Child Obesity Strategy must encourage a whole-family approach
Slimming World has welcomed the publication of the government’s Childhood Obesity Strategy and, in particular, the measures to restrict the marketing techniques and promotions used by the food and drink industry to persuade people to consume more.
Slimming World’s mission is to tackle obesity through a whole-family approach by educating and supporting its 900,000 members to navigate the modern obesogenic environment and adopt healthier habits. Jenny Caven, Slimming World’s Head of External Affairs, says the UK and Ireland’s largest weight management organisation with 18,000 local weekly groups, is greatly encouraged by the Government’s recognition that health professionals need the right resources to support children and families to maintain a healthy weight.
Jenny Caven says: “Obesity is a complex and multi-layered issue that has an impact on physical and mental health and emotional wellbeing. The public is confused about how to eat healthily and is constantly bombarded with promotion of foods that are high in fat, salt and sugar. Arming people with knowledge to make healthier choices is essential and equipping families to eat healthily and become more active are the key to a healthy future for our children. There is strong evidence of a link between parents who are overweight and a child’s propensity to obesity and we agree that new initiatives and policy must encourage a whole-family approach.
“It is essential that people who struggle with their weight aren’t stigmatised. We need to work together with health professionals to create a culture of concern, care and compassion to help families make healthier choices. We need to shift the balance towards eating plenty of foods that are low in energy density and are the foundations of normal everyday meals and create safe, accessible opportunities for families to be active. We believe the Government should support a national training programme for healthcare professionals to help them effectively raise the issue of obesity and weight management, giving them skills to recognise when it would be beneficial to raise the issue of weight with patients in a sensitive and skilled way; understand the difficulties that people suffering from overweight or obesity face and recognise the need for empathy and care in helping them to address the issue; and be familiar with the options of where to signpost patients, pupils or students for advice, practical real-life solutions and support in making sustainable healthy lifestyle changes.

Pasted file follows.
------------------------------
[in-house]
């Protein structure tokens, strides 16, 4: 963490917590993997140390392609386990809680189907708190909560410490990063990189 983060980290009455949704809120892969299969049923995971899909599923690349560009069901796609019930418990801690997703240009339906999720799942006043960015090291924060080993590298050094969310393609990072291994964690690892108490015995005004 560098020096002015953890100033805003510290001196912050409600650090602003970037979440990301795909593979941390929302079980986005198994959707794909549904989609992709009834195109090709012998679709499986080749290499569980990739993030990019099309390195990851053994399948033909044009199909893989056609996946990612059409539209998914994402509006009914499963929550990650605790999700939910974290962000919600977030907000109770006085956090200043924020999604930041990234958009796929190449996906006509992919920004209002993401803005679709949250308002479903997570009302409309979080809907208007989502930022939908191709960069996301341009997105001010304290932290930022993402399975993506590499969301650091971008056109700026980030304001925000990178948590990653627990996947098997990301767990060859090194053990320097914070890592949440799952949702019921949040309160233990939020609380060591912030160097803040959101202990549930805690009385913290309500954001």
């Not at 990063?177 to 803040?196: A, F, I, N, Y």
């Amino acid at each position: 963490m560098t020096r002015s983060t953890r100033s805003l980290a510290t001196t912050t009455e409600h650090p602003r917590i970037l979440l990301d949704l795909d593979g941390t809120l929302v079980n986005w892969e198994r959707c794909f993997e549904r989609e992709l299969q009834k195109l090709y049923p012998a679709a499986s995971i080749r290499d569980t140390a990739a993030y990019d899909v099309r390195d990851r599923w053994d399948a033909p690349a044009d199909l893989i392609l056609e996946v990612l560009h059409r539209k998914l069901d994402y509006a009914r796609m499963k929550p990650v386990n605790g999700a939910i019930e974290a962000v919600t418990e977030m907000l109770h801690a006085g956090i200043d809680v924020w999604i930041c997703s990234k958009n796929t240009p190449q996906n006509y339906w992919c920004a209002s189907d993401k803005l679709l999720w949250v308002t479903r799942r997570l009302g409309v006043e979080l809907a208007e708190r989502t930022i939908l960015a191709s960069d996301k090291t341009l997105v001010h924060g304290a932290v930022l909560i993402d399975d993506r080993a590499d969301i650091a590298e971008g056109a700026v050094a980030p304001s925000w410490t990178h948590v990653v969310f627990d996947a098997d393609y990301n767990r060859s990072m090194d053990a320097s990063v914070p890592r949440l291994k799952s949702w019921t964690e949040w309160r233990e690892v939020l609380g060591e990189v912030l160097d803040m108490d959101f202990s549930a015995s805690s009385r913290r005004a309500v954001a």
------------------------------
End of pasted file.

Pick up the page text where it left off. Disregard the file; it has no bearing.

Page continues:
Arming people with knowledge to make healthier choices is essential and equipping families to eat healthily and become more active are the key to a healthy future for our children.
“Consumers are being overwhelmed with information in a food and drink market that can be difficult to understand. The industry uses numerous marketing ploys initiatives and consumer psychology to maximise sales, leading to the industry being worth more than £100 billion annually in the UK. Most consumers will be familiar with common practices such as buy-one-get-one-free offers, half price deals on certain products, reduced for a limited time or multi-pack discount bargains on food and drink. All of these techniques are used to maximise profit whilst making consumers feel like they’ve received a good deal. When Slimming World and the Royal Society of Public Health conducted research in 2017 to ask the general public about their experience of upselling – to be persuaded to buy food or drink additional or more expensive than they otherwise would have bought – nearly 80% of them said they had experienced being upsold to at least once in a week. Young people are even more likely to be exposed to upselling, with 18-24 year-olds experiencing it 166 times each year – nearly every other day – and going on to consume an extra 750 calories per week as a result. We call for the Government to address upselling alongside legislation to ban buy one get one free deals as the practice can easily increase the extra unsatisfying calories we are consuming, often without us realising it.”